1. Expanding the mechanisms of change

Mechanisms of change are a relatively new development in theories of change. They describe how activities are expected to lead or contribute to intended outcomes, including the ways in which activities are experienced (in this case by young people) that will make them more or less effective. Grant holders found the process of thinking about mechanisms of change useful as it helped them to identify and interrogate the processes through which their activities lead to changes in young people’s lives. In doing so, YIF grant holders were able to focus on quality of provision and improvements in service design and delivery. Using findings from the YIF evaluation, and insights from grant holders, the mechanisms of change in the YIF theory of change are being updated. In addition, updates to the mechanisms of change are informed by a recent review that looked at factors contributing to impact in open access youth provision. See Box 1 for mechanisms of change that have emerged from our review so far.

Box 1: Mechanisms of change emerging from the YIF theory of change review.

When taking part in high quality open access youth provision, young people experience:

Focused within youth provision setting Focused outside of youth provision setting
–          A safe and supportive environment

–          Positive and healthy relationships

–          High quality and valued provision

–          Engagement through free choice

–          Support to take part in stimulating and fun activities

–          The opportunity to take an active role in, and contribute to, planning design and delivery of youth provision

–          Support to explore values and attitudes

–          A sense of hope and agency to drive change in their lives

–          A sense of hope and agency to create change in the world around them

–          A sense of connection and contribution to their community through participation

 

 

  1. Refining the intermediate outcomes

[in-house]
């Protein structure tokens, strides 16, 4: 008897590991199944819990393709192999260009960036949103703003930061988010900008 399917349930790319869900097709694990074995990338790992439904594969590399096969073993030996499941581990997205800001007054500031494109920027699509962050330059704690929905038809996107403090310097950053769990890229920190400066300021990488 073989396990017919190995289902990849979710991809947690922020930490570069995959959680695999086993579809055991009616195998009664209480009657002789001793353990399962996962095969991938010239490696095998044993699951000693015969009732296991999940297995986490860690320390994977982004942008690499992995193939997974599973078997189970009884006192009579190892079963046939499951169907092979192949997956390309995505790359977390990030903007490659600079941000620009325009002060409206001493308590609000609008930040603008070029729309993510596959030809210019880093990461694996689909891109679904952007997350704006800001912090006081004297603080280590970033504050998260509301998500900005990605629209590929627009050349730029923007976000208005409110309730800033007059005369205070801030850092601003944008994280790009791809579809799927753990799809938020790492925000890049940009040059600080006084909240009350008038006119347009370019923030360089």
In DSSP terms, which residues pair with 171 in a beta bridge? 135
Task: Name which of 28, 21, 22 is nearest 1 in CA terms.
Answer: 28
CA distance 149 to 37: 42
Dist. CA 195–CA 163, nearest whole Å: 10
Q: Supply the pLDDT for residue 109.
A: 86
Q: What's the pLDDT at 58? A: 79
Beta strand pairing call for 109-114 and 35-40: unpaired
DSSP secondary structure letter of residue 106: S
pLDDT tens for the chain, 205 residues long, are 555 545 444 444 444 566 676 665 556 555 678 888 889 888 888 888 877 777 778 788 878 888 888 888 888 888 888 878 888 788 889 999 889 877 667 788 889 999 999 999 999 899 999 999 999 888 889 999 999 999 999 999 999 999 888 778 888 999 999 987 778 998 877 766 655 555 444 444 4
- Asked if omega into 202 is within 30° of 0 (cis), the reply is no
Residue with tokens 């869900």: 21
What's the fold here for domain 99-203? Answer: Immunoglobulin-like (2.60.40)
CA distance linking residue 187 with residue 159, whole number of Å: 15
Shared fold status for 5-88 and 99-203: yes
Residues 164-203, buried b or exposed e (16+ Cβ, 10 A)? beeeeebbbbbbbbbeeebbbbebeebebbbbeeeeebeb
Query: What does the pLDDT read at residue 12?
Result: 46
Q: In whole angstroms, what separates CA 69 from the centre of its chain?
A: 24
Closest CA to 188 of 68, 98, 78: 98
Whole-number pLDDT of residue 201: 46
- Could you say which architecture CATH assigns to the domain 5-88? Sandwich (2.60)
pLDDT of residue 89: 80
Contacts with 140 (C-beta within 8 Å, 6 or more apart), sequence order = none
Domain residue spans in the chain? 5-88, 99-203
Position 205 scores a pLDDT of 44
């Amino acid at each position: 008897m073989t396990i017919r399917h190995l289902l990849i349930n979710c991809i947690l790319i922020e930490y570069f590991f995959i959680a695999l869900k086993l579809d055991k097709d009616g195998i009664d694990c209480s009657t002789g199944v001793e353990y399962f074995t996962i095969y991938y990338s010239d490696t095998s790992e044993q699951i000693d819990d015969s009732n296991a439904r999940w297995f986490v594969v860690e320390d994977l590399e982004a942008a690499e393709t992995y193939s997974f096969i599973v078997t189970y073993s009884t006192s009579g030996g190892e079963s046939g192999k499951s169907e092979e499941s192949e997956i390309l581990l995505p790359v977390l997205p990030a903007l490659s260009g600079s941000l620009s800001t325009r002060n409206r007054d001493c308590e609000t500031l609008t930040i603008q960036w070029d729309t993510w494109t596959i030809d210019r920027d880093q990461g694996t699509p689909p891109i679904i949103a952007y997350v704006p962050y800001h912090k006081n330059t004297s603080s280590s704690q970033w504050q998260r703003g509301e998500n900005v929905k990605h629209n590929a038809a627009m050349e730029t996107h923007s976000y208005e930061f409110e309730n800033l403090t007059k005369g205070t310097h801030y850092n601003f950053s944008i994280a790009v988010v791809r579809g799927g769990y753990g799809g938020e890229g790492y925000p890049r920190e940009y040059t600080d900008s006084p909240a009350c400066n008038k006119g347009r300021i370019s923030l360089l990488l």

The original co-design process identified a wide range of ‘intermediate’ outcomes that young people may experience as a result of taking part in open access youth provision. On the whole, these can be classed as social and emotional learning (SEL) skills – the essential, transferable skills, such as empathy, that support young people to make healthy transitions, form strong relationships, and live fulfilled lives. There are many frameworks of SEL skills, often using different language to describe the same thing, which can be unhelpful when trying to gain a common understanding. To avoid this, we are refining a core set of SEL outcomes that map across to the main frameworks used in the youth sector, such as the Centre for Youth Impact’s Framework of Outcomes for Young People 2.0.

As noted above, the updated theory of change will also recognise that young people develop SEL skills when they engage with high quality provision and, over time, they are able to apply these skills to other parts of their lives, such as interactions with family, school and peers. It is this transfer of skills that leads to longer-term impacts, such as improved educational attainment, securing and progressing in ‘good work’, and positive health and well-being.

Next steps

We are currently updating the YIF theory of change, which is designed to capture the common elements of open access youth provision, whilst remaining flexible to allow for the different possible pathways through which youth organisations support positive change for young people. We hope this will support YIF grant holders and the wider youth sector to build on learning from the YIF. We’re hope to publish the updated ToC, along with aligned measures, before Christmas and will be sharing it in the Centre’s newsletter and on the Centre’s and NPC’s websites.